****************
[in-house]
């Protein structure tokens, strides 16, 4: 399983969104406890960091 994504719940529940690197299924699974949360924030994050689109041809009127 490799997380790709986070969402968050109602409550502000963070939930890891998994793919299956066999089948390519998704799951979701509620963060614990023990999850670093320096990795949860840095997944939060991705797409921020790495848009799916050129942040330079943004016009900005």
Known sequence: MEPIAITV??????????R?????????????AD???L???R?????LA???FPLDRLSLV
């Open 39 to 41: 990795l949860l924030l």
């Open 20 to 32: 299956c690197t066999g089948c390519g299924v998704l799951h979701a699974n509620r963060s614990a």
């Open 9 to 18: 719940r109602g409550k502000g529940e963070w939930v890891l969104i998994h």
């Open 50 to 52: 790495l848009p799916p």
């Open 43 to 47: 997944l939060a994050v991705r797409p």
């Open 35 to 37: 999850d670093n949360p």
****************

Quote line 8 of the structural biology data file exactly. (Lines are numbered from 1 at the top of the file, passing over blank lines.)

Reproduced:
């Open 43 to 47: 997944l939060a994050v991705r797409p």